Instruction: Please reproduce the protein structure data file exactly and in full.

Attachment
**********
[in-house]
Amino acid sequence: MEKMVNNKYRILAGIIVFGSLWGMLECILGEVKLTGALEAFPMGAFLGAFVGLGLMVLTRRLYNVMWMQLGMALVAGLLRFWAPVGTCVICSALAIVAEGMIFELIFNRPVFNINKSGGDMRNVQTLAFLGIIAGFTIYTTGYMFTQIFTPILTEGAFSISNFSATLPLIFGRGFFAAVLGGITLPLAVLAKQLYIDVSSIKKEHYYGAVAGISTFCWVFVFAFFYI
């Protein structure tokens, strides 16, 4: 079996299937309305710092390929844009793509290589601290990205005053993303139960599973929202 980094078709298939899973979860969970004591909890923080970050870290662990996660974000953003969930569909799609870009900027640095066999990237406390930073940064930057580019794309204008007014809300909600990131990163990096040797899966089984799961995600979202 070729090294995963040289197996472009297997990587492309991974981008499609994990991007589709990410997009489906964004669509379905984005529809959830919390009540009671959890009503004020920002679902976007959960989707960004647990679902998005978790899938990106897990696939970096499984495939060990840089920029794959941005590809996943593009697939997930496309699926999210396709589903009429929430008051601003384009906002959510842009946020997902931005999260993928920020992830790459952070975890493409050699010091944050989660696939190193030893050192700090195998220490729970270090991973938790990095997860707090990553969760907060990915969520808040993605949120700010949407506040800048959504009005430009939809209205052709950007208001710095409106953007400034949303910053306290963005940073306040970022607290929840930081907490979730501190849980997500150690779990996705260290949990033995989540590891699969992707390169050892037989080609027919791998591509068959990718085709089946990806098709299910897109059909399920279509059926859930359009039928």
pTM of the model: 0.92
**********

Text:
[in-house]
Amino acid sequence: MEKMVNNKYRILAGIIVFGSLWGMLECILGEVKLTGALEAFPMGAFLGAFVGLGLMVLTRRLYNVMWMQLGMALVAGLLRFWAPVGTCVICSALAIVAEGMIFELIFNRPVFNINKSGGDMRNVQTLAFLGIIAGFTIYTTGYMFTQIFTPILTEGAFSISNFSATLPLIFGRGFFAAVLGGITLPLAVLAKQLYIDVSSIKKEHYYGAVAGISTFCWVFVFAFFYI
């Protein structure tokens, strides 16, 4: 079996299937309305710092390929844009793509290589601290990205005053993303139960599973929202 980094078709298939899973979860969970004591909890923080970050870290662990996660974000953003969930569909799609870009900027640095066999990237406390930073940064930057580019794309204008007014809300909600990131990163990096040797899966089984799961995600979202 070729090294995963040289197996472009297997990587492309991974981008499609994990991007589709990410997009489906964004669509379905984005529809959830919390009540009671959890009503004020920002679902976007959960989707960004647990679902998005978790899938990106897990696939970096499984495939060990840089920029794959941005590809996943593009697939997930496309699926999210396709589903009429929430008051601003384009906002959510842009946020997902931005999260993928920020992830790459952070975890493409050699010091944050989660696939190193030893050192700090195998220490729970270090991973938790990095997860707090990553969760907060990915969520808040993605949120700010949407506040800048959504009005430009939809209205052709950007208001710095409106953007400034949303910053306290963005940073306040970022607290929840930081907490979730501190849980997500150690779990996705260290949990033995989540590891699969992707390169050892037989080609027919791998591509068959990718085709089946990806098709299910897109059909399920279509059926859930359009039928």
pTM of the model: 0.92